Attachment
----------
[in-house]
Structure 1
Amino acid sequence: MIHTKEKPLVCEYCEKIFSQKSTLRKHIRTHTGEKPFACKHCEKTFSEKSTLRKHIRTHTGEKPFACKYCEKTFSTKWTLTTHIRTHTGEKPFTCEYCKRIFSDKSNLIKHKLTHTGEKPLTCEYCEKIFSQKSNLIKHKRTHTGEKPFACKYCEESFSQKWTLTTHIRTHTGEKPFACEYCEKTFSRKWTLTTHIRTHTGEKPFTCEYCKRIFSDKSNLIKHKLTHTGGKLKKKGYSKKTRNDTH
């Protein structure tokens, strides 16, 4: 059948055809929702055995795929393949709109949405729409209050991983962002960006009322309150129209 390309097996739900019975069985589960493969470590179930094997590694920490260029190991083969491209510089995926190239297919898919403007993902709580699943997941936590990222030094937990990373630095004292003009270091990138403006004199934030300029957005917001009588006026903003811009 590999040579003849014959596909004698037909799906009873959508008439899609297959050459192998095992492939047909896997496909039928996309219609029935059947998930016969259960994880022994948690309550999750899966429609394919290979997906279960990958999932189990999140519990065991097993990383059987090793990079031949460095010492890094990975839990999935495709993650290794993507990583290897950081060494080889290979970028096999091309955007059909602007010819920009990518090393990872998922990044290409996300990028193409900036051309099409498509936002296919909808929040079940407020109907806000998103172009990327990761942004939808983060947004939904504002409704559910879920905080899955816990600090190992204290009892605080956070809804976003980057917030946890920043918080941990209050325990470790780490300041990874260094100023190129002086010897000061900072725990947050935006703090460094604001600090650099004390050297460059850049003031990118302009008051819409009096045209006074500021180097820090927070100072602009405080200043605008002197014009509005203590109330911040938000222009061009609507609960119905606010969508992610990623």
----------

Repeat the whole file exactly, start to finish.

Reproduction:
[in-house]
Structure 1
Amino acid sequence: MIHTKEKPLVCEYCEKIFSQKSTLRKHIRTHTGEKPFACKHCEKTFSEKSTLRKHIRTHTGEKPFACKYCEKTFSTKWTLTTHIRTHTGEKPFTCEYCKRIFSDKSNLIKHKLTHTGEKPLTCEYCEKIFSQKSNLIKHKRTHTGEKPFACKYCEESFSQKWTLTTHIRTHTGEKPFACEYCEKTFSRKWTLTTHIRTHTGEKPFTCEYCKRIFSDKSNLIKHKLTHTGGKLKKKGYSKKTRNDTH
């Protein structure tokens, strides 16, 4: 059948055809929702055995795929393949709109949405729409209050991983962002960006009322309150129209 390309097996739900019975069985589960493969470590179930094997590694920490260029190991083969491209510089995926190239297919898919403007993902709580699943997941936590990222030094937990990373630095004292003009270091990138403006004199934030300029957005917001009588006026903003811009 590999040579003849014959596909004698037909799906009873959508008439899609297959050459192998095992492939047909896997496909039928996309219609029935059947998930016969259960994880022994948690309550999750899966429609394919290979997906279960990958999932189990999140519990065991097993990383059987090793990079031949460095010492890094990975839990999935495709993650290794993507990583290897950081060494080889290979970028096999091309955007059909602007010819920009990518090393990872998922990044290409996300990028193409900036051309099409498509936002296919909808929040079940407020109907806000998103172009990327990761942004939808983060947004939904504002409704559910879920905080899955816990600090190992204290009892605080956070809804976003980057917030946890920043918080941990209050325990470790780490300041990874260094100023190129002086010897000061900072725990947050935006703090460094604001600090650099004390050297460059850049003031990118302009008051819409009096045209006074500021180097820090927070100072602009405080200043605008002197014009509005203590109330911040938000222009061009609507609960119905606010969508992610990623």